Reintroduced: The Keep America’s Waterfronts Working Act

Harbor: Newport, Oregon

U.S. Representatives Chellie Pingree (D-Maine) and Rob Wittman (R-Va.) have reintroduced the bipartisan Keep America’s Waterfronts Working Act, H.R. 6641.

The legislation establishes a Working Waterfront Grant Program to help preserve and expand access to coastal waters for water-dependent businesses, create a Working Waterfronts Preservation Loan Fund to make funds available through state governments for working waterfront improvement projects, and establish a Working Waterfront Task Force at the Department of Commerce to identify and prioritize critical needs for working waterfronts and to address the impacts of climate change.

The Keep America’s Waterfronts Working Act addresses the needs of our nation’s vulnerable working waterfronts and coastal fishing communities while supporting our blue economy nationwide. It provides necessary resources for restoring and maintaining waterfront infrastructure and ensuring waterfront access for commercial businesses, recreation, and tourism. This bill also takes steps to ensure participation from Indigenous peoples recognizing traditional uses of coastal and ocean resources.

The Keep America’s Waterfronts Working Act would provide significant benefits to coastal communities, local jobs, and regional economies by supporting the people who depend on ocean access for their livelihoods.

“More than 30,000 Mainers rely on marine-related industries for their livelihoods. Yet out of 5,000 miles of coastline in Maine, just about 20 miles of working waterfronts remain. Working waterfronts are rapidly disappearing nationwide due to heavy development pressure. When fishermen must grapple with the loss of wharves, processing facilities, and other essential infrastructure in addition to navigating the challenge of climate change, it threatens the very survival of our coastal communities,” said Rep. Pingree. “Throughout my tenure in Congress, I have been proud to work across the aisle with my colleagues to create bipartisan solutions that can work for America’s coastal communities. My and Congressman Wittman’s bipartisan Keep America’s Waterfronts Working Act will help reverse a worrying trend of shrinking waterfronts, while simultaneously protecting jobs and preserving the character of our coastal communities. Working waterfronts are an integral part of our coastal economies, communities, and traditions. We must do our part to ensure they survive into the future.”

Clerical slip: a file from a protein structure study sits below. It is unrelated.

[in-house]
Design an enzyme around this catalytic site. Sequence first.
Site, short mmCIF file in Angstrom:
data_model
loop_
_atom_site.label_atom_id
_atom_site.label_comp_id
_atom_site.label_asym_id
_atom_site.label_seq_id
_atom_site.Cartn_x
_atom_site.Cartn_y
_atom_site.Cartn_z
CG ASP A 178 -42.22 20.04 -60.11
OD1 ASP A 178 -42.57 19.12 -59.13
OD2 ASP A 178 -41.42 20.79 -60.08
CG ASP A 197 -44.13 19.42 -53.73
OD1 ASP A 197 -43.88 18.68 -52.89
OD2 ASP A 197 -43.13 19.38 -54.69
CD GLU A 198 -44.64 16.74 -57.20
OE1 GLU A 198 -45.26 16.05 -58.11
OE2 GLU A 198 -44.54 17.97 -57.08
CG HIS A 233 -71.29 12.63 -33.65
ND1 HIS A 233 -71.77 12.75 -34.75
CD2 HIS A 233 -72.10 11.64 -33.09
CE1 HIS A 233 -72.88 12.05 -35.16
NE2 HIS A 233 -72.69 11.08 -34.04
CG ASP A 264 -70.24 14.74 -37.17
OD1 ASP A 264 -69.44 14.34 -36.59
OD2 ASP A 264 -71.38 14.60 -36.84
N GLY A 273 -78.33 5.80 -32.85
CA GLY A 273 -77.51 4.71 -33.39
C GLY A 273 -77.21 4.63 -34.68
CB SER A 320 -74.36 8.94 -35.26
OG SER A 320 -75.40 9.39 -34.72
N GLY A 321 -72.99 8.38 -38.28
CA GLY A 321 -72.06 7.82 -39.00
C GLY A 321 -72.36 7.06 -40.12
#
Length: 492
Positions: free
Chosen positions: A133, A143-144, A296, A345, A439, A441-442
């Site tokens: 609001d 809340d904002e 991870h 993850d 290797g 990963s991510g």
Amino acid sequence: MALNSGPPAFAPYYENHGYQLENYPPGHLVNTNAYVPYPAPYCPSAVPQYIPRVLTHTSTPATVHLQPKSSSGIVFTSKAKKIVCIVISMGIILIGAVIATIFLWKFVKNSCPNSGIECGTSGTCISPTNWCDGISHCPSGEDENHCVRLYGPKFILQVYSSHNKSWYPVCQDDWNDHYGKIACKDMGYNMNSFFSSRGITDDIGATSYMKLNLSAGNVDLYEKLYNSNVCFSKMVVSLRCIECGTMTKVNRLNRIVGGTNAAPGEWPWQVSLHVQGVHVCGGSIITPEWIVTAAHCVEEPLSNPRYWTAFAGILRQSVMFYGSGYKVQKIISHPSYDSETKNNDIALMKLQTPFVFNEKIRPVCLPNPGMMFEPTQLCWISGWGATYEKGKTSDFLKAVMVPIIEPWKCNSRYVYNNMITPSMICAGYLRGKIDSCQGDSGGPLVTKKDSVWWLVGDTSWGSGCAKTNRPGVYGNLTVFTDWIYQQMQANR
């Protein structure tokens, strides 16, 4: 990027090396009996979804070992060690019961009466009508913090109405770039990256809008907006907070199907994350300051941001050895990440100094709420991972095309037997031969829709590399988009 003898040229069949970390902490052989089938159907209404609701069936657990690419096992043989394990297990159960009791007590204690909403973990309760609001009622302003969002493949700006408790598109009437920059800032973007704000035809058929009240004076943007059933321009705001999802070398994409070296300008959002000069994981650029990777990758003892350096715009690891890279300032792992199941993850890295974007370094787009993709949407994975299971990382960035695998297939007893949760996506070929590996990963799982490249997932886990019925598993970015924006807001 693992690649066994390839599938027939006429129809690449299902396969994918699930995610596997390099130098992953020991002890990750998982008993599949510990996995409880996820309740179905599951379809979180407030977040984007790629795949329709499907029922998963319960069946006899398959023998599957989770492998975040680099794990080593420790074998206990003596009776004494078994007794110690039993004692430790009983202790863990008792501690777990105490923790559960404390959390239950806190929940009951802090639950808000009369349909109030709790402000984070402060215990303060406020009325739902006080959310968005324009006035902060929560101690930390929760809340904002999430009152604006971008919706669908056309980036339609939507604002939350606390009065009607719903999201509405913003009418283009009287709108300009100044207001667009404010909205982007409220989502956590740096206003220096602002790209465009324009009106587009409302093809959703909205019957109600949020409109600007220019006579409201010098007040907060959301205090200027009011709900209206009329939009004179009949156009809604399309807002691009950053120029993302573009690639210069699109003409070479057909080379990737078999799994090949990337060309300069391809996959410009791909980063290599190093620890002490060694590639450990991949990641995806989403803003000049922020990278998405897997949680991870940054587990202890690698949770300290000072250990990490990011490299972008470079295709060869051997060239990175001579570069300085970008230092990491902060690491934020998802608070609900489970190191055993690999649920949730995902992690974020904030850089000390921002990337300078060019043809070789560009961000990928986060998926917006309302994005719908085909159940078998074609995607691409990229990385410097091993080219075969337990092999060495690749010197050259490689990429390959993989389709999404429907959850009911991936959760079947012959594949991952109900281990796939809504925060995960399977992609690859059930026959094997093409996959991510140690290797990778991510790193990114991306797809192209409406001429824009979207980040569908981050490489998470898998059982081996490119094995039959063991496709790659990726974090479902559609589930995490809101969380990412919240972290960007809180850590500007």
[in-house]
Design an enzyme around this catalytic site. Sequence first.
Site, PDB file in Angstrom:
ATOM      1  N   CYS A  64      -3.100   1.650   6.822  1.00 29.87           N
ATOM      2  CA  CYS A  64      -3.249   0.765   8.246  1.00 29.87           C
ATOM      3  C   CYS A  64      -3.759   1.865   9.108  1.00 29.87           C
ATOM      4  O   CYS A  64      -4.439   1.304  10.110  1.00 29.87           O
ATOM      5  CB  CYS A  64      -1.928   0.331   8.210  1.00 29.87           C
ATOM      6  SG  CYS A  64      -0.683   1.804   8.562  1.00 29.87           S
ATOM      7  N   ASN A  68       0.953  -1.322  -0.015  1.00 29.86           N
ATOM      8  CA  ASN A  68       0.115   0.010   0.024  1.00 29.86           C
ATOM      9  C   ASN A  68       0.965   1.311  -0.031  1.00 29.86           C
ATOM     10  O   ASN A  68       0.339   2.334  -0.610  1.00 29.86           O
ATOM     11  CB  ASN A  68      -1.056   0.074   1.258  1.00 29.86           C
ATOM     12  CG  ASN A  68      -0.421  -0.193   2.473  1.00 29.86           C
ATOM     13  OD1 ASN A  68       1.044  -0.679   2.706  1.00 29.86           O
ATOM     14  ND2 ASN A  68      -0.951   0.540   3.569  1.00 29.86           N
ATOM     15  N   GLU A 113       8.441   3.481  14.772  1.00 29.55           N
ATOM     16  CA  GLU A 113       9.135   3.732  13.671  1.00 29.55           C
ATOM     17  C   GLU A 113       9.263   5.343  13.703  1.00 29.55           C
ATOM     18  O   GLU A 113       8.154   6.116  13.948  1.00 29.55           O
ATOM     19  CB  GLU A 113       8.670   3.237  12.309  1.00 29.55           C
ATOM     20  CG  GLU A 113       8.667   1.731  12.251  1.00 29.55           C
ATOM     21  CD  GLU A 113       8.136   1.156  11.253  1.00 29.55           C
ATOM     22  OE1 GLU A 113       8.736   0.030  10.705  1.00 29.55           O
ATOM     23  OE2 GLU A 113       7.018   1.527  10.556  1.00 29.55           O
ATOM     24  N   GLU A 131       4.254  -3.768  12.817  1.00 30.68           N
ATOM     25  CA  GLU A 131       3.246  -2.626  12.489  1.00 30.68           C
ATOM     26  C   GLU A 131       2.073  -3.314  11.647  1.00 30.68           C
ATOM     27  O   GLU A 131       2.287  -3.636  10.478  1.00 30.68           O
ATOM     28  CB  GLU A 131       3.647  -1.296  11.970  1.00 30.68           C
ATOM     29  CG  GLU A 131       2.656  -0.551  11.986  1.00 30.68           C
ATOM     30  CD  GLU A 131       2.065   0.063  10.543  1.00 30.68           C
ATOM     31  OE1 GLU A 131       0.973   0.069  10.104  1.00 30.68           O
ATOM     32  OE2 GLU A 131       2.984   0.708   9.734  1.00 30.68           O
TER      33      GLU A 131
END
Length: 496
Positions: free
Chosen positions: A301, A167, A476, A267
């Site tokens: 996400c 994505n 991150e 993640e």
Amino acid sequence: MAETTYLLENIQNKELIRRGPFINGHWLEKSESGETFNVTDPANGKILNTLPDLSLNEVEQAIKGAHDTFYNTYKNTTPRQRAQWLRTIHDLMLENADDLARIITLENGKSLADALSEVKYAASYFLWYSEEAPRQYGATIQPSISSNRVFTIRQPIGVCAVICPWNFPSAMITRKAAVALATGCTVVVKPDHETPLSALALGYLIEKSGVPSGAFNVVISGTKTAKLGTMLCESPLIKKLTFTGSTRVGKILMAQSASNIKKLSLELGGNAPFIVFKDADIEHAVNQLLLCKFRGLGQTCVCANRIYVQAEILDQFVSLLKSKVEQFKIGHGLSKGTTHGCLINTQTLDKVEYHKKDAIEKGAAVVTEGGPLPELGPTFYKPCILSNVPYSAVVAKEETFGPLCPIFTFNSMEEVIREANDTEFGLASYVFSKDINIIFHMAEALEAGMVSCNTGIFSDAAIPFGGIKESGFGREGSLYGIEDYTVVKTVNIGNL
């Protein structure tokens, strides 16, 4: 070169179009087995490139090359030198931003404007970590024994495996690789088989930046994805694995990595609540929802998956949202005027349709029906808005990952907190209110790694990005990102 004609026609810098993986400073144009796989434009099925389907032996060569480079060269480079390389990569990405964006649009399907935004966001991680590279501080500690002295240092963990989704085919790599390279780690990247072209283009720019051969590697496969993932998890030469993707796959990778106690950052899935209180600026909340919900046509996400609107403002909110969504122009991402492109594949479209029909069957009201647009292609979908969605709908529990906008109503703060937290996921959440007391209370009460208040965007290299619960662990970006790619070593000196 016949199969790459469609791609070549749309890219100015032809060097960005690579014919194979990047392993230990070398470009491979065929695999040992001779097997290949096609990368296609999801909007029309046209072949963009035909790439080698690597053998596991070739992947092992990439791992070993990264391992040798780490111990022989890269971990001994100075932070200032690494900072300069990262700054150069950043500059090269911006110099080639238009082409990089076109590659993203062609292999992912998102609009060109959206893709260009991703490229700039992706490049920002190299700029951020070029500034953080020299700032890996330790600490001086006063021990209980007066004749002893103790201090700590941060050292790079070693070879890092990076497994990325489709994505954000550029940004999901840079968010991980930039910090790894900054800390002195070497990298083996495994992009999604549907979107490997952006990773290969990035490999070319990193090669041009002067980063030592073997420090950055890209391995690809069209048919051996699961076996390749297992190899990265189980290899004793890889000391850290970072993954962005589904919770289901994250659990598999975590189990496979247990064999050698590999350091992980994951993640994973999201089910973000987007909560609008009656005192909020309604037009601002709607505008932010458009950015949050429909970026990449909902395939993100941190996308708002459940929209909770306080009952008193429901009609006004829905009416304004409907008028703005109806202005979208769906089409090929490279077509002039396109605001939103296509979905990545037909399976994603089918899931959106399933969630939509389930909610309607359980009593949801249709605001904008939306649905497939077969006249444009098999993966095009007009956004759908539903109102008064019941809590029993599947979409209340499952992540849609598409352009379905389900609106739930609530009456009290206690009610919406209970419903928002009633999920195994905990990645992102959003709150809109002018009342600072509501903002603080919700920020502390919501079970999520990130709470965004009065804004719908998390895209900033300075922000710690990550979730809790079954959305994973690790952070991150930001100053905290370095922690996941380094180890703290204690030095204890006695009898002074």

“Deteriorating waterfronts don’t just hurt the American economy; they hurt the bedrock of our coastal communities, particularly in Virginia’s 1st District. These waterfronts support our local businesses, offer recreational access to water, and enhance the quality of life for so many people. Unfortunately, population growth and development threaten Virginia’s water-dependent industries and the families deeply rooted in our region’s cultural heritage,” said Rep. Wittman. “The Keep America’s Waterfronts Working Act is a vital safeguard, shielding coastal communities by bolstering the maritime industry, preserving jobs, and preserving our natural resources. I’m proud to partner with Congresswoman Pingree on this critical piece of bipartisan legislation.”

Besides Reps. Pingree and Wittman, the legislation was co-sponsored by Reps. Jared Golden (D-Maine), Jared Huffman (D-Calif.), Derek Kilmer (D-Wash.), Joseph Pallone (D-N.J.), Bill Keating (D-Mass.), James Moylan (R-Guam), and Val Hoyle (D-Ore.).

According to Rep. Pingree’s website, here are some details about the legislation. The bill:

  • Establishes a Working Waterfronts Grant Program to provide matching, competitive grants to coastal states, Tribes, and Native Hawaiian Organizations to help preserve and expand access to coastal waters for water-dependent businesses.
  • Creates a loan fund for working waterfronts preservation, modeled after state drinking water loans.
  • Authorizes $50 million each for both the loan and grant programs.
  • Organizes a Working Waterfronts Task Force at the Department of Commerce to identify and prioritize critical needs for working waterfronts, especially in the face of the climate crisis and increased trade threats.

One significant change from the version of the bill introduced in the previous Congress is that H.R. 6641 raises the amount of money available for the grants and the loan program from $15 million to $50 million for each. In recognition of the increasing impacts of climate change or other threats to working waterfronts, the bill adds the option for local vulnerability assessments, hazards resilience plans, or identification of waterfront properties exposed to sea level rise or inundation to proposed working waterfront plans. These changes reflect the magnitude of the challenges facing these communities.

Legislation like this, and Senator Collins’s “Working Waterfront Preservation Act,” when accompanied by measures to sustain and increase the abundance of our nation’s fisheries, ensure the health and sustainability of coastal communities and their fishing businesses for generations to come. The legislation passed the House in the 116th Congress but did not move in the U.S. Senate. Hopefully, some form of legislation like this will be enacted this Congress.

Photo: Harbor in Newport, Oregon, via Wikipedia.

About Tom Sadler

Tom Sadler is the Network's deputy director. He has an extensive background in advocacy and journalism and a passion for oceans and fly-fishing. 

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